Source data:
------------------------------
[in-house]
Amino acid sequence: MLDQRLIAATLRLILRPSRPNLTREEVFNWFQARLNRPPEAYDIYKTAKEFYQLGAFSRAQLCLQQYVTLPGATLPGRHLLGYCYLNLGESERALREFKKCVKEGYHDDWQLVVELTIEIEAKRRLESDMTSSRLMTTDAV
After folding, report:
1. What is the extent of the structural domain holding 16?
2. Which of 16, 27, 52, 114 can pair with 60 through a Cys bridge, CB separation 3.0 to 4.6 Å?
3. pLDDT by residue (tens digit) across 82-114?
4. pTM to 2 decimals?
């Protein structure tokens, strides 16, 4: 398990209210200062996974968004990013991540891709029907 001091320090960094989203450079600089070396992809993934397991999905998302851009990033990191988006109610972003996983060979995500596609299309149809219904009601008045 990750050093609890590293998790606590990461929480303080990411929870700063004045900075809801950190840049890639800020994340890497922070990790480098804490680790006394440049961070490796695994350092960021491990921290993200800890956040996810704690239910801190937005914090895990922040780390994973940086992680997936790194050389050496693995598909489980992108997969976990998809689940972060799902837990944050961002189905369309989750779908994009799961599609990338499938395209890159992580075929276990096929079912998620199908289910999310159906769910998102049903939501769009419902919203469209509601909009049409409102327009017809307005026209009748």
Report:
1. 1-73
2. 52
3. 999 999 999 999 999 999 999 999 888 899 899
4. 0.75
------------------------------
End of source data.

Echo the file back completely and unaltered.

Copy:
[in-house]
Amino acid sequence: MLDQRLIAATLRLILRPSRPNLTREEVFNWFQARLNRPPEAYDIYKTAKEFYQLGAFSRAQLCLQQYVTLPGATLPGRHLLGYCYLNLGESERALREFKKCVKEGYHDDWQLVVELTIEIEAKRRLESDMTSSRLMTTDAV
After folding, report:
1. What is the extent of the structural domain holding 16?
2. Which of 16, 27, 52, 114 can pair with 60 through a Cys bridge, CB separation 3.0 to 4.6 Å?
3. pLDDT by residue (tens digit) across 82-114?
4. pTM to 2 decimals?
């Protein structure tokens, strides 16, 4: 398990209210200062996974968004990013991540891709029907 001091320090960094989203450079600089070396992809993934397991999905998302851009990033990191988006109610972003996983060979995500596609299309149809219904009601008045 990750050093609890590293998790606590990461929480303080990411929870700063004045900075809801950190840049890639800020994340890497922070990790480098804490680790006394440049961070490796695994350092960021491990921290993200800890956040996810704690239910801190937005914090895990922040780390994973940086992680997936790194050389050496693995598909489980992108997969976990998809689940972060799902837990944050961002189905369309989750779908994009799961599609990338499938395209890159992580075929276990096929079912998620199908289910999310159906769910998102049903939501769009419902919203469209509601909009049409409102327009017809307005026209009748």
Report:
1. 1-73
2. 52
3. 999 999 999 999 999 999 999 999 888 899 899
4. 0.75